Is identification of smoking, risky alcohol consumption and overweight and obesity by General Practitioners improving? A comparison over time

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Abstract

Background.

Detection of lifestyle risk factors by GPs is the first step required for intervention. Despite significant investment in preventive health care in general practice, little is known about whether GP detection of lifestyle risk factors have improved over time.

Objectives.

To examine whether sensitivity and specificity of GP detection of smoking, risky alcohol consumption and overweight and obesity has increased in patients presenting to see their GP, by comparing results from four Australian studies conducted between 1982 and 2011.

Methods.

Demographic characteristics of patient and GP samples and the prevalence, sensitivity and specificity of detection of each risk factor were extracted from published studies. Differences between GP and patient sample characteristics were examined. To identify trends over time in prevalence of risk factors, sensitivity and specificity of detection across studies and the Cochran–Armitage test for trend were calculated for each risk factor for the overall sample and by male and female subgroups.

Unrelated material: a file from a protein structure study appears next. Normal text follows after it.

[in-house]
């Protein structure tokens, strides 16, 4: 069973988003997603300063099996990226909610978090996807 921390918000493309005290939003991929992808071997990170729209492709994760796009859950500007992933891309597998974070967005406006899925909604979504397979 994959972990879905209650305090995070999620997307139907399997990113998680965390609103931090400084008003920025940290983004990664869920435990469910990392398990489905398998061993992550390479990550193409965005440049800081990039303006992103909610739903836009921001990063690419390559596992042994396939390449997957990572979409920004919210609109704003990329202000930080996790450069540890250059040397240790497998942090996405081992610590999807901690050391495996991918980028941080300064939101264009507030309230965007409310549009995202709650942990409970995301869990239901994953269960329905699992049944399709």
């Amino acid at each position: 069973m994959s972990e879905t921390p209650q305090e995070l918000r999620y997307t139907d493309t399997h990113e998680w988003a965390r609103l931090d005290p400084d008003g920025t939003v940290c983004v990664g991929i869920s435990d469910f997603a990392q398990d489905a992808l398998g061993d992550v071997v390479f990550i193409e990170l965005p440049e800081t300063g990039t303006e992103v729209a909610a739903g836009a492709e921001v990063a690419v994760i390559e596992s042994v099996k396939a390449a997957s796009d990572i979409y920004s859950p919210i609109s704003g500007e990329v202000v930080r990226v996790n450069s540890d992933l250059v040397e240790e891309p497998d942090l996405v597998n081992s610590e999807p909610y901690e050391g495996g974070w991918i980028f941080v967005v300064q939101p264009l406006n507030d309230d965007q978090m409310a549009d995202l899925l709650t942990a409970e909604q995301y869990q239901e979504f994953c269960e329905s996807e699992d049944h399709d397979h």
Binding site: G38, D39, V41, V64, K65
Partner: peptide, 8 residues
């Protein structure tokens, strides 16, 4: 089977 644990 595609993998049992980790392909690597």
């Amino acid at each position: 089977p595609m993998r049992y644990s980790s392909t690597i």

Results.

There were no statistically significant changes in the sensitivity of GP detection of smoking or overweight or obesity over time. Specificity of detection of smoking increased from 64.7% to 98% (P < 0.0001) and decreased for overweight or obesity from 92% to 89% (P = 0.01). There was a small decrease in the sensitivity of detection of alcohol consumption (P = 0.02) and an increase in specificity (P = 0.01).

Conclusions.

Despite significant investment to increase GP detection and intervention for lifestyle risk factors, accurate detection of smoking, risky alcohol consumption and overweight and obesity occurs for less than two-thirds of all patients.

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